Digital Apps Could Improve Outcomes, Adherence Among Patients With Heart Failure

Data from the CONNECT-HF trial from HFSA 2021 suggest use of a digital tool designed to improve adherence could contribute to improving outcomes among patients discharged from the hospital with heart failure with reduced ejection fraction.

Data from an ancillary study of the CONNECT-HF trial provide support for use of digital tools in an effort to improve management and outcomes among adult patients with heart failure.

Presented at the Heart Failure Society of America 2021 Annual Scientific Meeting, results of the study demonstrate patients using the had greater improvements in optimizing medication adherence and had a lower risk of heart failure rehospitalization or all-cause mortality, but investigators noted this reduction did not reach statistical significance.

“CONNECT-HF was the first large multicenter trial to implement mobile health technology in longitudinal care following hospitalizations for heart failure,” said Adam DeVore, MD, MHS, assistant professor of medicine at Duke University School of Medicine, in a statement. “As digital health technologies evolve, future work must also understand how best to engage different groups of patients while reducing risks of expanding health disparities through digital technology use.”

CONNECT-HF was a cluster-randomized clinical trial was conducted from 2017-2020 at 161 US hospitals and included 5647 patients. With primary composite end point of heart failure hospitalization or all-cause mortality, the trial compared the effects of a quality improvement intervention versus usual care among patients hospitalized with heart failure with reduced ejection fraction (HFrEF). Upon conclusion of the trial, results suggested there were no significant difference in the primary end point based on whether a patient received the intervention or were randomized to usual care.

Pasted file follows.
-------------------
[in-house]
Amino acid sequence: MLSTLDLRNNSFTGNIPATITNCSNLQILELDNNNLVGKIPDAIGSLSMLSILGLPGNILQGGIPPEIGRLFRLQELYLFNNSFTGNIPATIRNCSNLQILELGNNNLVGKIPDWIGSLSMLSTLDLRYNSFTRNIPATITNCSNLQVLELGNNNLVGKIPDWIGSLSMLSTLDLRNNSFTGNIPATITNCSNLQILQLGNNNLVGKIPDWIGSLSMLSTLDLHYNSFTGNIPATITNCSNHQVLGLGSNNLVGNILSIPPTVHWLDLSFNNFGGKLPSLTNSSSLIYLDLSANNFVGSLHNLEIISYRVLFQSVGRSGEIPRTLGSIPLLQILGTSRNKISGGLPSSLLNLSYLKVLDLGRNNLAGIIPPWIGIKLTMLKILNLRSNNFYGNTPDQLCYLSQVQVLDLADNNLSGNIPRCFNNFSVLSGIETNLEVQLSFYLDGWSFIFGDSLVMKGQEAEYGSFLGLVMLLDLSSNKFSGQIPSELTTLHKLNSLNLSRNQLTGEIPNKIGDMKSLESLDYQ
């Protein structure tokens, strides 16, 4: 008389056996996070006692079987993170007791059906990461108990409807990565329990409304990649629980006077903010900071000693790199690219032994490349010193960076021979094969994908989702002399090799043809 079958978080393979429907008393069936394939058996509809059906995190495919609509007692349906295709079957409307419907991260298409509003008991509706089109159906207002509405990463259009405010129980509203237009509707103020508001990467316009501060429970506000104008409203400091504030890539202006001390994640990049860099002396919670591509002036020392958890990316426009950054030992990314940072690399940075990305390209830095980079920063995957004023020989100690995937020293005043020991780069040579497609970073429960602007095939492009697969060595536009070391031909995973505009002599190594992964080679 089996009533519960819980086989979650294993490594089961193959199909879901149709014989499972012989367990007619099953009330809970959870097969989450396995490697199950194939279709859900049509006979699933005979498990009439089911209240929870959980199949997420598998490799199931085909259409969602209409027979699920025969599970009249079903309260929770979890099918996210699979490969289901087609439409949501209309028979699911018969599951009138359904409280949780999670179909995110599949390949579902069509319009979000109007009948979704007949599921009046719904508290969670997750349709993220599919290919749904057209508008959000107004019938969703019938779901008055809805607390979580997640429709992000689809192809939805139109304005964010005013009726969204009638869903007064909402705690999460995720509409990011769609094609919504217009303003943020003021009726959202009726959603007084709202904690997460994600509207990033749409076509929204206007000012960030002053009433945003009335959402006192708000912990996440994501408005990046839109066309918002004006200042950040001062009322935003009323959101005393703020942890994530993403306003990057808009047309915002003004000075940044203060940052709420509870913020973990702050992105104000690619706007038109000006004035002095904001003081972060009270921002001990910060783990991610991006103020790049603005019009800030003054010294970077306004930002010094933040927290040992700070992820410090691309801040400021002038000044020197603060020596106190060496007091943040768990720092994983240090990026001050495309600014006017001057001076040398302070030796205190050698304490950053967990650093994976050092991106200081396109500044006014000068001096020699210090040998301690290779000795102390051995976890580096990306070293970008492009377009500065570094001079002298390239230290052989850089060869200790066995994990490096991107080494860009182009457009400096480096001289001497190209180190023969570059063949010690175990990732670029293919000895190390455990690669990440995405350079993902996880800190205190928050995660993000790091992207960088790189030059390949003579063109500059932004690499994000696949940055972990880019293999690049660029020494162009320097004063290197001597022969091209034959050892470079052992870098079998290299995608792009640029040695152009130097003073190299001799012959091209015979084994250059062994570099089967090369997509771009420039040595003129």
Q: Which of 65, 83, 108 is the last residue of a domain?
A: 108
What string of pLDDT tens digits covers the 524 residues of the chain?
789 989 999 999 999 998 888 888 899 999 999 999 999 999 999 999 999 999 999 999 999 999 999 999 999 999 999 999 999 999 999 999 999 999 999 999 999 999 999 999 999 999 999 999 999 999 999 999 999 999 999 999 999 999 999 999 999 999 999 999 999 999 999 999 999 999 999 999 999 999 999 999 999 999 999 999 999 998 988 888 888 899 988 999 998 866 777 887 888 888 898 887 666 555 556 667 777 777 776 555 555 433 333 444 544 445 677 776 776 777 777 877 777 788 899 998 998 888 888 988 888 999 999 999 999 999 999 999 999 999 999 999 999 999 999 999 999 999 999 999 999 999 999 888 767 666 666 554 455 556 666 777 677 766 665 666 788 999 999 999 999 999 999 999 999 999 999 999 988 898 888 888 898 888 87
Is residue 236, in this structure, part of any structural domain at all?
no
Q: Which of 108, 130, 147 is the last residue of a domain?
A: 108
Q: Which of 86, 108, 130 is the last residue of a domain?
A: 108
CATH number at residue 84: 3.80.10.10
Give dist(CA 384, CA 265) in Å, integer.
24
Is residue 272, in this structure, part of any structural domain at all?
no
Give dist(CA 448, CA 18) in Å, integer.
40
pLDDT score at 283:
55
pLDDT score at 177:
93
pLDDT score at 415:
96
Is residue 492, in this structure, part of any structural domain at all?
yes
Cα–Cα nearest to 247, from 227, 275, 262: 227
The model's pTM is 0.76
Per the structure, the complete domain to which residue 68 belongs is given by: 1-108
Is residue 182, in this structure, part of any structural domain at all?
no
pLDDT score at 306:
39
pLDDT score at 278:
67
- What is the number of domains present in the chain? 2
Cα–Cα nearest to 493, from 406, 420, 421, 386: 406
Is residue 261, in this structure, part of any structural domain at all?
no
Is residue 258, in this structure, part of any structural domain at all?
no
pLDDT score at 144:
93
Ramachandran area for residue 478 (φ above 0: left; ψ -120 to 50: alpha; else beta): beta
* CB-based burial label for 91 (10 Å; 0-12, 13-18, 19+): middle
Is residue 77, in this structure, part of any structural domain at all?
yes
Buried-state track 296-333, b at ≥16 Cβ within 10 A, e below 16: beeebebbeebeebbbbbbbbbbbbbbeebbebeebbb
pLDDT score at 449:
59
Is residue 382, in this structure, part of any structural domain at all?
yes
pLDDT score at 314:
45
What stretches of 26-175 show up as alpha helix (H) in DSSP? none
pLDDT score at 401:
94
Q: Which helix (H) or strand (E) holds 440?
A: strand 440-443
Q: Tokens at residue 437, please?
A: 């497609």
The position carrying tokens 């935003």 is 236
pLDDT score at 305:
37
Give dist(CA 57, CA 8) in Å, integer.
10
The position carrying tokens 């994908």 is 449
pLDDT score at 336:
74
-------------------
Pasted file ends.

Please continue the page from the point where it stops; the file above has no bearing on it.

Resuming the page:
As part of the original CONNECT-HF trial, hospitals randomized to the digital intervention early were able to enroll in an optional ancillary study assessing the effects of using a mobile health application from HealthStar. Of the 5647 patients enrolled in the study, 2431 were offered digital tools at discharge from the hospital. The digital intervention included a self-guided program designed to track and improve adherence to medication, activity recommendations, diet, and weight measurements over a 12-month period. During his presentation Vishal Rao, MD, MPH, of Duke University School of Medicine, pointed out some versions of the app included features testing loss aversion, accountability, and negatively framed incentives.

Using data from the 1276 patients offered digital tools, investigators identified matched cohorts of 310 digital tool users to 310 nonusers from the usual care group according to age, sex, site, and number of eligible quality metrics at baseline. Although matched cohorts were used, Rao pointed out there were no significant differences in baseline characteristics or medication use between those who used the digital tool and those who declined the digital tool among those in the intervention arm of the trial.

Rao also made note of declines in use of the digital tools among users—pointing out use declined to 68% by 4 weeks and below 30% by week 52. However, Rao noted the industry standard for commercial health application use around 14% at 1 year.

Upon analysis, results indicated digital users experienced greater increases in the composite heart failure quality score compared to nonusers, with a between-group difference of 4.3%, which increased to 4.9% (3.32-6.57; p=.0025) after adjustment for baseline composite score. The primary composite outcome occurred among 41.4% of nonusers and 36.7% among digital users, which correlated to a 16% reduction in relative risk (HR, 0.84 [95% CI, 0.65-1.07]; P=.16).

“This study shows promise that a digital tool such as a mobile app could help patients improve the care they administer at home and out of the hospital,” Rao said. “This warrants further study, but digital tools could be a key to improved personalized care as we partner with patients and empower them to help improve their quality of life.”

This study, “The Association Of Digital Tool Use And Heart Failure Care: Insights From The Connect-hf Trial,” was presented at HFSA 2021.